Once was a time when you couldn’t wait to be big.
Eager to make decisions, set your own bedtime, eat what you wanted for dinner, so many of your sentences started with “When I grow up ...” and now you have. Is it all you thought it would be? Or, as in the new novel, “Lightning Strike” by William Kent Krueger, is adulthood stormier than you wanted?
Twelve-year-old Cork O’Conner didn’t care how many bottles of beer were on the wall. He just wanted his friend to stop singing that stupid song while they were hiking the Boundary Waters to earn their merit badges. Cork was running out of patience; it was hot that summer of 1963, blackflies were horrible, and there was a stench coming from the woods near Lightning Strike, a meadow that was sacred to the Anishinaabe.
Any kid growing up by the Boundary Waters in northern Minnesota would figure the smell was a dead deer.
The form hanging from a tree was no deer.
Big John Manydeeds had lived up to his name, physically and spiritually; he was a good man, a war veteran, an experienced guide, beloved on the rez and off. He’d gotten his life straightened around – he’d even stopped drinking – so when the official conclusion was made that Big John hung himself and he was drunk when he did it, nobody on the rez believed it.
Tamarack County Sheriff Liam O’Connor had always wrestled with his job on the reservation; the Anishinaabe chose him as their sheriff, but his white skin made him a controversial pick. He knew that there’d be an uproar about the ruling on Big John’s death, but Liam had a job to do. He also had a son who was curious as a cat.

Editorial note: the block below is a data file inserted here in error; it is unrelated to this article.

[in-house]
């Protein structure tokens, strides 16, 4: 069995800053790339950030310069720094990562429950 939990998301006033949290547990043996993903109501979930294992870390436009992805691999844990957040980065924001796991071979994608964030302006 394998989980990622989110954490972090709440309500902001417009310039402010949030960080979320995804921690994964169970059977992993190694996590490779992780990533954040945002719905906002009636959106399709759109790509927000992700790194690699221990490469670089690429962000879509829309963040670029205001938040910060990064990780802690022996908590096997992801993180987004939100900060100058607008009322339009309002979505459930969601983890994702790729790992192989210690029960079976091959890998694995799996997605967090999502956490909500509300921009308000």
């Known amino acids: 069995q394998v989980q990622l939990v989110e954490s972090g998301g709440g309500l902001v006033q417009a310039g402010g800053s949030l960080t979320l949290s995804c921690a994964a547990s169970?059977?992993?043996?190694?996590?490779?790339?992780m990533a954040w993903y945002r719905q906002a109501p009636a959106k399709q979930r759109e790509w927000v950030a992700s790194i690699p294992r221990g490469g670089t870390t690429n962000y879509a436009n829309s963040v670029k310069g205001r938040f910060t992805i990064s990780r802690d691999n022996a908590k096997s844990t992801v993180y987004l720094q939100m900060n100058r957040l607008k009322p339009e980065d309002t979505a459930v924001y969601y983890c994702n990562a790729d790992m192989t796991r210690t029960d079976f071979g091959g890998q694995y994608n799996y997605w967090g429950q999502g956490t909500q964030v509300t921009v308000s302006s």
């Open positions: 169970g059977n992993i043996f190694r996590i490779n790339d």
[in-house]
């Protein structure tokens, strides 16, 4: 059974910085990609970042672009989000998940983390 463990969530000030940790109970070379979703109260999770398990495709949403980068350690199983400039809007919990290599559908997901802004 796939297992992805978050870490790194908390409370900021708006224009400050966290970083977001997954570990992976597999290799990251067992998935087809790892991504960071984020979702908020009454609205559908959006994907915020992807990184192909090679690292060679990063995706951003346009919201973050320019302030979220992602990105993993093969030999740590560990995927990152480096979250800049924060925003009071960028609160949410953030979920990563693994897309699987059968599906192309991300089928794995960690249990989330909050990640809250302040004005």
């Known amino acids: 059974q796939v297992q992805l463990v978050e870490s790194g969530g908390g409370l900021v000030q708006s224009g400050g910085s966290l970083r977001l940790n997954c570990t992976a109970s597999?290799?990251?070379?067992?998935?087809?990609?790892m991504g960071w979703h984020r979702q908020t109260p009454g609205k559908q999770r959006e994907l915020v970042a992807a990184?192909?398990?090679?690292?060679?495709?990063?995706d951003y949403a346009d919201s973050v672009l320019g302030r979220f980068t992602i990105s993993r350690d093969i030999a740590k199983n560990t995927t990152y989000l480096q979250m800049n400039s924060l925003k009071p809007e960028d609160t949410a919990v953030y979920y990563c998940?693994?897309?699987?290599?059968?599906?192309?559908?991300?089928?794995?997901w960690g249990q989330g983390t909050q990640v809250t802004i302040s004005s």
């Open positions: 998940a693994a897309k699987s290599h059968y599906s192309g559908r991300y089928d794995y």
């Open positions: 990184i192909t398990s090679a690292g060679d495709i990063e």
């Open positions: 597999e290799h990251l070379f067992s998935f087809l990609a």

So if, as the Anishinaabe community insisted, Big John didn’t hang himself, who would want him dead? Convinced that he was seeing things with the wrong eyes, Liam had to re-assess.
The community’s Mide told Cork to follow “crumbs” for a solution.
Would they lead to an answer for Liam, too?
You can think about “Lightning Strike” as a burrito.
On the outside, the wrapper is the Corcoran O’Connor series and if you’re unfamiliar, this is a fine place to start, since it takes readers back to a beginning that fans are only just learning. Author William Kent Krueger’s built a story empire here and this book works nicely as its foundation.
Bite into it and you’ll find that inside, a double-spiced tryst is mixed in a shredded mystery, spooned over pre-Civil Rights-Movement racism and divisive small-town life. Bite again, and you’ll find that it’s seasoned by a hot-summer-night feel and lush sentences that will appeal to any gruesome-murder-loving softie.
That adds up to the kind of book that, when you’re done reading, you’ll close the covers and blink, momentarily surprised that you’re only still in your favorite reading spot. It’s the kind of book that makes you gasp here and reach for a tissue there.
Yep, “Lightning Strike” is that big.